Massing is equally pointed in his critique of big media’s perspective on major domestic issues such as poverty, labor and business: In every case, it’s a top-down approach. No longer do we see labor issues reported from workers’ perspective. It’s almost always management’s perspective, with the labor side associated with a whiff of irritants the reader is meant to hold at arms’ length. Poverty? Forget it. Even the New York Times hasn’t filled its poverty beat’s position in five years, ever since Jason DeParle left it to write a book. Meanwhile the likes of Time magazine lavish attention on special issues like “The Time 100” saluting the 100 most influential people in the world “because of the amount of advertising it generates. “Because Time's parent company, Time Warner, must post strong quarterly earnings to please Wall Street, the pressure to turn out such moneymakers remains intense. By contrast, there's little advertising to be had from writing about inner-city mothers, so the magazine seems unlikely to alter its coverage in any significant way.” It gets worse in the coverage of foreign affairs, which has become less than a stringer’s operation even for the major news organizations, letting such things as “the dark side of Kurdish activities in Iraq” or atrocities committed by American troops in the field slide by on a flying carpet of reader-and Bush administration-friendly myths. None of those mealy mouthed media tactics is better illustrated by the press’ continued blind eye to civilian casualties inflicted by the American occupation, or its habit (as at the New York Times) of publishing “official military claims about dead insurgents without any independent confirmation.” Several Arab eyewitnesses may speak of civilian casualties in any given incident, but if the U.S. military doesn’t acknowledge them, nor will the American press. What Massing doesn’t say is in play here: not just laziness and self-censorship, but convenient, rank racism. Believe Arab eyewitnesses over the U.S. military? Forget it, goes the unspoken rule in American reporters’ playbook. “Of all the internal problems confronting the press,” Massing concludes, “the reluctance to venture into politically sensitive matters, to report disturbing truths that might unsettle and provoke, remains by far the most troubling.”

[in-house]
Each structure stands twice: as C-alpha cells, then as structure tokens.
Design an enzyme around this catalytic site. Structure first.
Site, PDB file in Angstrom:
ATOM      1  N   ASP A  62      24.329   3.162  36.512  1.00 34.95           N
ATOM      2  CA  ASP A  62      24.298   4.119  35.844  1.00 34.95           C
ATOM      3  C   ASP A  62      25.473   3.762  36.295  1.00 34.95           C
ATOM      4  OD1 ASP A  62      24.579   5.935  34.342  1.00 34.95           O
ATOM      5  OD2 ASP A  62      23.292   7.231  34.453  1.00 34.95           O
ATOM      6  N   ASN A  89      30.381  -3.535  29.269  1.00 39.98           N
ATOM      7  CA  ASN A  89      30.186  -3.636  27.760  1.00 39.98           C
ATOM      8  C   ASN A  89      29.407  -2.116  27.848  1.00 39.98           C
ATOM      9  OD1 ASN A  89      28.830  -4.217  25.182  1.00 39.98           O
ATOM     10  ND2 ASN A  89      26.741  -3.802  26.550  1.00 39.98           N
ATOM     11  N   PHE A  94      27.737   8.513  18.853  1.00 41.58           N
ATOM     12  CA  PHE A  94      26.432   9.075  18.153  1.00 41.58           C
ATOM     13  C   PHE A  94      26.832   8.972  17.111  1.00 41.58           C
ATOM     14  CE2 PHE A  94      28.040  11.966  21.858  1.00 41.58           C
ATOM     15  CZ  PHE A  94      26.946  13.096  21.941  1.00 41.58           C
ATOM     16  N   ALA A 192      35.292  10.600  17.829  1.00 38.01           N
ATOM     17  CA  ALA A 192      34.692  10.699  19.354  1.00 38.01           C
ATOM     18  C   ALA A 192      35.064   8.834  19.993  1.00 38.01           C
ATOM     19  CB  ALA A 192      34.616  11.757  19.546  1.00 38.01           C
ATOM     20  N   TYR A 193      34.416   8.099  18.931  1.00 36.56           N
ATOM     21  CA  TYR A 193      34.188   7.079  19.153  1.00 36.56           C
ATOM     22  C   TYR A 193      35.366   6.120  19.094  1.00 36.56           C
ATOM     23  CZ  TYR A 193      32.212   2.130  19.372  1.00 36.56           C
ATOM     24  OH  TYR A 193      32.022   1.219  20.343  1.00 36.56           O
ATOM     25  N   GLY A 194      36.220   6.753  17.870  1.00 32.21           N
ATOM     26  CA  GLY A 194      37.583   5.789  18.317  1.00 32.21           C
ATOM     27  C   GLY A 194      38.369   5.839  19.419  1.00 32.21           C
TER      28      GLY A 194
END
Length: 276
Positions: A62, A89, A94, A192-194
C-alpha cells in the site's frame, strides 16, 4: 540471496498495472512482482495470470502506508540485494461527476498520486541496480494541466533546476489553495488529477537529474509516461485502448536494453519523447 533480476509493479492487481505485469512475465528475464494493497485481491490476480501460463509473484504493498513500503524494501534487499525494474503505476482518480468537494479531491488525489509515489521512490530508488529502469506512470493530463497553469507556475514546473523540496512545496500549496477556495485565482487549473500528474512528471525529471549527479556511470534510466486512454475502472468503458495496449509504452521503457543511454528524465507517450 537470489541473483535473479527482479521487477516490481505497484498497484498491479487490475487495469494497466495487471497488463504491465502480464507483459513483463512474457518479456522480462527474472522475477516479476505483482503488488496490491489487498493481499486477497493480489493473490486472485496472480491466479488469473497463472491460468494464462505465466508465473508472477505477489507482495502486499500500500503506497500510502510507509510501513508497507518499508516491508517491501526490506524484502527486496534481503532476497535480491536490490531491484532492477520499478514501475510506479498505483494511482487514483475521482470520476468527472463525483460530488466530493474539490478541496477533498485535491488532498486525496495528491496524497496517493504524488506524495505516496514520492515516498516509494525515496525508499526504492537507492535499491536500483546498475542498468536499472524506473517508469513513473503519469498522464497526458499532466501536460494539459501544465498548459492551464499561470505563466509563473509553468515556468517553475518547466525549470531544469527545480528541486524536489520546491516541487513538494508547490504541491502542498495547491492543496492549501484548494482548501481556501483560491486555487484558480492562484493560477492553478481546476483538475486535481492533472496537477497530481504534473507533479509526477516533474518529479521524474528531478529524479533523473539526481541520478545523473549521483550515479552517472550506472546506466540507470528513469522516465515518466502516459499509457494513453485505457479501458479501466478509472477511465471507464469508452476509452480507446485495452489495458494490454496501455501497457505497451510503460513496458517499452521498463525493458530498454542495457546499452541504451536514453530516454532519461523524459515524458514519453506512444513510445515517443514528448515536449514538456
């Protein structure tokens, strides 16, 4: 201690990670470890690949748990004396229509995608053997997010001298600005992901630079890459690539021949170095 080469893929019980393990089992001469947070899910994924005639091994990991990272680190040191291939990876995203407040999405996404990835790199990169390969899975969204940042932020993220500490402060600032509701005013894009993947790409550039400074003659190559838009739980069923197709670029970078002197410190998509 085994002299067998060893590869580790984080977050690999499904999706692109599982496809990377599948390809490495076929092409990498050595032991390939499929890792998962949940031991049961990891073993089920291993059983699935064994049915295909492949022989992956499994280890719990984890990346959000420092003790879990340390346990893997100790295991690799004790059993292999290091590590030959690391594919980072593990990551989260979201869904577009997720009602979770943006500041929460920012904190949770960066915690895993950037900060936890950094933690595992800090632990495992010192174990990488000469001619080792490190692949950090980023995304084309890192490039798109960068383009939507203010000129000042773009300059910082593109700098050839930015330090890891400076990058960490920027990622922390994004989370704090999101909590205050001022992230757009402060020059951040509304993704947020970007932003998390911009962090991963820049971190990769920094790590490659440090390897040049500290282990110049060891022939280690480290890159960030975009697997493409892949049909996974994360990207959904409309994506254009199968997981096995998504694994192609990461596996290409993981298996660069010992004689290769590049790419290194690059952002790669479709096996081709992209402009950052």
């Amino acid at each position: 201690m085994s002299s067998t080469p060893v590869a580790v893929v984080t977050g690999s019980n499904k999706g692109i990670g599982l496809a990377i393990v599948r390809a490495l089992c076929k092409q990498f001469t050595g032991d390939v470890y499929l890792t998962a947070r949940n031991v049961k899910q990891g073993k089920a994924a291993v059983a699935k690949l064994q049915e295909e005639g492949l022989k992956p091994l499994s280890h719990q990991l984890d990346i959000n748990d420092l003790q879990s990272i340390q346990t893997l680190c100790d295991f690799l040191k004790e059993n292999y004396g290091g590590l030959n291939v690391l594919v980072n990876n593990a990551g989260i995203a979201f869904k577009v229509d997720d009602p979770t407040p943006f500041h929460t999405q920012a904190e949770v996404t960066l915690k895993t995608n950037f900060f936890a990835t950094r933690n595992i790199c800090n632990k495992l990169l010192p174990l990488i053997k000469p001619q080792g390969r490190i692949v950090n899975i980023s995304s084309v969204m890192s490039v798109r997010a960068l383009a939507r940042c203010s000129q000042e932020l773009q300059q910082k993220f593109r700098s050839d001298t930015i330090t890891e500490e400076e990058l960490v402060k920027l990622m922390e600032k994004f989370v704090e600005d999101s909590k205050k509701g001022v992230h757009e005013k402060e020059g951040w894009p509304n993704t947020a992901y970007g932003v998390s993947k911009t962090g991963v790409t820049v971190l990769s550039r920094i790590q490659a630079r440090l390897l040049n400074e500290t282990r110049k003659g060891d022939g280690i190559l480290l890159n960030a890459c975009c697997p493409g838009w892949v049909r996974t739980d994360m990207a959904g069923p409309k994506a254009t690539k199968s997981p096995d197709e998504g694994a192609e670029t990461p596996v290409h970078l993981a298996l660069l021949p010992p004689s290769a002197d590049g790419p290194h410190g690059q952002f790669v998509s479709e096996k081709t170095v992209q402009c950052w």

• “The Amazing Bubble-Man: Alan Greenspan’s Inflated Legacy,” by Peter Hartcher. The American Interest, Winter 2005.

Leave it to foreigners (and almost extraterrestrials: Hartcher is Australian, the Sydney Morning Herald’s political editor) to see through America’s saints and cult heroes. Greenspan retires on January 31 after nearly 19 years as head of the Federal Reserve. He’s been spending the last few months ambling down a gangplank of beatification. “Mr. Greenspan is widely rated by investors as the greatest central banker ever,” The Economist wrote, “a living seminar on economic policy” said Artur Davis, the Alabama Democrat,” he’s “a handsome man,” according to the strange Steve Pearce, the New Mexico Republican.

Peter Hartcher doesn’t buy it. Greenspan could have been the greatest ever. But he failed by giving in to political pressures instead of riding on his instinct. He knew the economy was headed for a crash in 1996. That was the year of his “irrational exuberance” speech at the American Enterprise Institute. He delivered it after talks with his Fed colleagues, who also worried about a major bubble in the making. By then the stock market was already overvalued, reaching 120 percent of GDP against an average of 55 percent since 1925. (“At its zenith in March 2000, the market hit a level equal to a whopping 183 percent of U.S. national economic production,” Hartcher writes.) So Greenspan sent a warning to the world’s markets. The Fed would puncture the bubble.

The day after his speech at the Institute, markets tumbled all over the place. But politicians reacted, too, badgering Greenspan from all sides. And Greenspan retreated. He “had set out on a course of what he judged to be wise policy, but then had allowed himself to be cowed by political pressure. […] Having abandoned his efforts to contain the bubble, the chairman of the U.S. Federal Reserve now became the bubble’s most important accomplice. He did not take a middle course,” and the man “who was supposed to be the guardian of economic stability and financial prudence became the charismatic leader of a manic cult.” The crash did happen, of course, costing the economy losses of $7 trillion , double the amount of money spent to fight World War II (in current dollars). And what did Greenspan do? To “help the economy recover from one bubble, Greenspan created another” (the ongoing housing bubble) while the federal government “used the national budget to stimulate the economy. It cut taxes and spent money it didn’t have.” (And continues doing so.) Greatest banker ever? “Instead of fulfilling his mandate in the face of opposition,” Hartcher writes, Greenspan “hid himself in the orthodoxy of the day, and in the madness of the crowd.” One last, telling detail: Greenspan won the 2001 Enron Award for Public Service.